Birthdays in the Same Month

  1. Nov 21, 2007 #1
    [SOLVED] Birthdays in the Same Month

    1. The problem statement, all variables and given/known data
    How many people have to be in a room in order that the probability that at least two of them celebrate their birthday in the same month is at least 1/2? Assume that all possible monthly outcomes are equally likely.


    2. Relevant equations
    Axioms and basic theorems of probability.


    3. The attempt at a solution
    Let E_n be the event that at least two of n people in a room celebrate their birthday in the same month. I'm basically asked to determine the value of n for which P(E_n) >= 1/2.

    It must be easier to calculate the complement of E_n, ~E_n, and from that calculate P(E_n). Note that ~E_n is the event that nobody celebrates their birthday in the same month.

    Now, ~E_n is the union of the events that nobody celebrates their birthday in the ith month of the year, which I will call F_i, i = 1 to 12. Since the F_i's are mutually exclusive, P(~E_n) = P(F_1) + ... + P(F_12).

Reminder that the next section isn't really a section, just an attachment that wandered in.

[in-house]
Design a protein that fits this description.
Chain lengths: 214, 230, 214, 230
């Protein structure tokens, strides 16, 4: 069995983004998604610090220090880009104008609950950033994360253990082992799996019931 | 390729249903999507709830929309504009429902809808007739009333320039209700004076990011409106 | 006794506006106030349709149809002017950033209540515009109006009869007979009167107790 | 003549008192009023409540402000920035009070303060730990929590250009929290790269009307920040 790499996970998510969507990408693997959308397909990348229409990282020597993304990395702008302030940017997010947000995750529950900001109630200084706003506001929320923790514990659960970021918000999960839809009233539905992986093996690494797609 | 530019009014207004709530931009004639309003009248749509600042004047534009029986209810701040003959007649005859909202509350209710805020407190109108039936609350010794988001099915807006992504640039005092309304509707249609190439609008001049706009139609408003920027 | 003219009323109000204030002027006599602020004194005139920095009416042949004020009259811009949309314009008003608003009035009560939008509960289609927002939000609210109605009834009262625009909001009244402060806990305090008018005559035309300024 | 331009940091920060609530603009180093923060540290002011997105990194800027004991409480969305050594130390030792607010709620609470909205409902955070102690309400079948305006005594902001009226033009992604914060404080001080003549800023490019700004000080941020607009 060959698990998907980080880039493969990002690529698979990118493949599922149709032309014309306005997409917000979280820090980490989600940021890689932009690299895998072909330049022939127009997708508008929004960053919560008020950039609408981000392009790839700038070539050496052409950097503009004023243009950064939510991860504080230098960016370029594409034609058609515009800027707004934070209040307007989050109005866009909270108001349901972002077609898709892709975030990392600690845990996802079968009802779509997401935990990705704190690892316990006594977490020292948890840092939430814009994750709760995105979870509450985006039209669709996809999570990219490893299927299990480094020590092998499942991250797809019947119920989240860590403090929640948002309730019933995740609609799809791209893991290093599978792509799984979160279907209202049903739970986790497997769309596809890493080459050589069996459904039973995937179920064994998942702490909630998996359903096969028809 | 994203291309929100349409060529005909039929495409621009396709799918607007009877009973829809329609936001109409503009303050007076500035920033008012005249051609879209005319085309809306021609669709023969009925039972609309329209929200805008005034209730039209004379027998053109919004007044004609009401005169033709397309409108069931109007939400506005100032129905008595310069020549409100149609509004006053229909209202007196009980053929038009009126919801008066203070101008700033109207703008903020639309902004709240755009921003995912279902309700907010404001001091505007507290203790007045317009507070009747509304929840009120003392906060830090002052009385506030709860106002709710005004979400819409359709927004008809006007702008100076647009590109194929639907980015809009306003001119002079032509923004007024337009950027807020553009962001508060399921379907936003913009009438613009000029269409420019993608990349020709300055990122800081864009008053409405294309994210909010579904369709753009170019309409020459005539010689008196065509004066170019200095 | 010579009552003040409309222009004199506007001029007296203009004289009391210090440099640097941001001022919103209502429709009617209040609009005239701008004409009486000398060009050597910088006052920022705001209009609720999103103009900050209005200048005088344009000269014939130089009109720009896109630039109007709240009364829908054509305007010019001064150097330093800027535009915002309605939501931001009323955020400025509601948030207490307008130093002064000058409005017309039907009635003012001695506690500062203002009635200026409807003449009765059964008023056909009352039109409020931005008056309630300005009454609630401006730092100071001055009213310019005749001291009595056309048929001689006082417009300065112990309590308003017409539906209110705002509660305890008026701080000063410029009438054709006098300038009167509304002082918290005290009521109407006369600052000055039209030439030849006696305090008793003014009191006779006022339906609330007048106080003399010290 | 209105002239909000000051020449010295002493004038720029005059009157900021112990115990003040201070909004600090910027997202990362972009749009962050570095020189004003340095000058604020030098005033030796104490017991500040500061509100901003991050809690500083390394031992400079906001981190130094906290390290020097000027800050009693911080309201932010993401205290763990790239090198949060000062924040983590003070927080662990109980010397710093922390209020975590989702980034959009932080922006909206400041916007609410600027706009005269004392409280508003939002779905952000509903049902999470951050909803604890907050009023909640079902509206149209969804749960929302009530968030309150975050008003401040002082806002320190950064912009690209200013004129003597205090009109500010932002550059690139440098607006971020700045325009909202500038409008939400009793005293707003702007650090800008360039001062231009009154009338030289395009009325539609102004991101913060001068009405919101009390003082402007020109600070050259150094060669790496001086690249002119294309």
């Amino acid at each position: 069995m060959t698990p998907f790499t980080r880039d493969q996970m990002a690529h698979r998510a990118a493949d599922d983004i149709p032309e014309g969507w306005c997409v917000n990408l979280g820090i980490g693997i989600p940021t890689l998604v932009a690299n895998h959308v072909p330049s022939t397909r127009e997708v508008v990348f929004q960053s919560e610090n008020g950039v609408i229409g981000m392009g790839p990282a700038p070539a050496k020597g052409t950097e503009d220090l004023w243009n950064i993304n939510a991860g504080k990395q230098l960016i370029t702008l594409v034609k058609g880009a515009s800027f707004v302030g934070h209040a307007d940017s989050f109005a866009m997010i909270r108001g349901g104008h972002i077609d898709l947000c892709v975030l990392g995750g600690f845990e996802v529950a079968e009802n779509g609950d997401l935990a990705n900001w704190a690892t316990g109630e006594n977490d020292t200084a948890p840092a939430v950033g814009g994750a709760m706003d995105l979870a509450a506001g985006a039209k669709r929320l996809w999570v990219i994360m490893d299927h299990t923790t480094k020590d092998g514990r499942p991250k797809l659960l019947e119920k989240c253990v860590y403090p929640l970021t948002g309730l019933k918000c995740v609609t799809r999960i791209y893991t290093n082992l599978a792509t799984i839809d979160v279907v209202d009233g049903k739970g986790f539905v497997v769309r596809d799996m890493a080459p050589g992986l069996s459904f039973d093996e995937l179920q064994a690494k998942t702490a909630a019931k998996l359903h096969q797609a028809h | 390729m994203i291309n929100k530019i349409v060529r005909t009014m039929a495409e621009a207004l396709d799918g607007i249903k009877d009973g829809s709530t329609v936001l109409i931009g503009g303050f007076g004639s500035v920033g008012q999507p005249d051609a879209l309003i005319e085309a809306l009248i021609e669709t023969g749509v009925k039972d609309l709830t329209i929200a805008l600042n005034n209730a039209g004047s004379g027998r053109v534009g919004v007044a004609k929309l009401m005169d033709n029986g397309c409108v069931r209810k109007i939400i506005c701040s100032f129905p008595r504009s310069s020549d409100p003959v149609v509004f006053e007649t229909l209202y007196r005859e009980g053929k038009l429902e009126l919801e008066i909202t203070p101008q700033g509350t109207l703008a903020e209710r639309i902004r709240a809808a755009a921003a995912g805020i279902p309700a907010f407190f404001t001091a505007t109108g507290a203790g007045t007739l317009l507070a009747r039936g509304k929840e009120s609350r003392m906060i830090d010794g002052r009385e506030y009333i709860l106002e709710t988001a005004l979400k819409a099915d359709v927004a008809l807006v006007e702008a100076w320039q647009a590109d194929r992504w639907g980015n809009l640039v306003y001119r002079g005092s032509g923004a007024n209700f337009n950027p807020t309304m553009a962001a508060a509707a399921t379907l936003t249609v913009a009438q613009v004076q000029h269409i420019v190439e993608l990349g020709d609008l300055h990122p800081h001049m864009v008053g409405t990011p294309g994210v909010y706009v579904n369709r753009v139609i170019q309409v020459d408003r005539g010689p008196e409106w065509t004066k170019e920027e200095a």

If month j has d days, then P(F_j) = (365 - d)^n / 365^n. For months 1, 3, 5, 7, 8, 10, 12 d = 31, for months 4, 6, 9, 11 d = 30, and for month 2 d = 28 (assuming no leap years).

    So P(~E_n) = 7 * 334^n / 365^n + 4 * 335^n / 365^n + 337^n / 365^n.

    P(E_n) = 1 - P(~E_n) >= 1/2. I don't know how to determine n analytically, but I did obtain it numerically (using a simple basic program) and got n = 37.

    The answer according to the book is 5. I must have done something wrong, but what?
     
  2. jcsd
  3. Nov 21, 2007 #2
    Aren't you supposed to assume that monthly outcomes are equally likely? So that you don't have to take february as 28 days and so on.
     
  4. Nov 21, 2007 #3
    Is that what that means? I always overcomplicate. Sigh.

    I think this way is much easier:

    If there are more than 12 people, then P(E_n) = 1 (by the pigeonhole principle). If there's only one person, then P(E_n) = 0. Thus 1 < n < 13. Assuming the latter, then P(~E_n) = 12 * ... * (12 - n) / 12^n.

    Of course, this doesn't make it easier to calculate P(E_n) analytically. Numerically I get that P(E_4) = 0.427083 and P(E_5) = 0.618056 so n = 5. Sweet!
     
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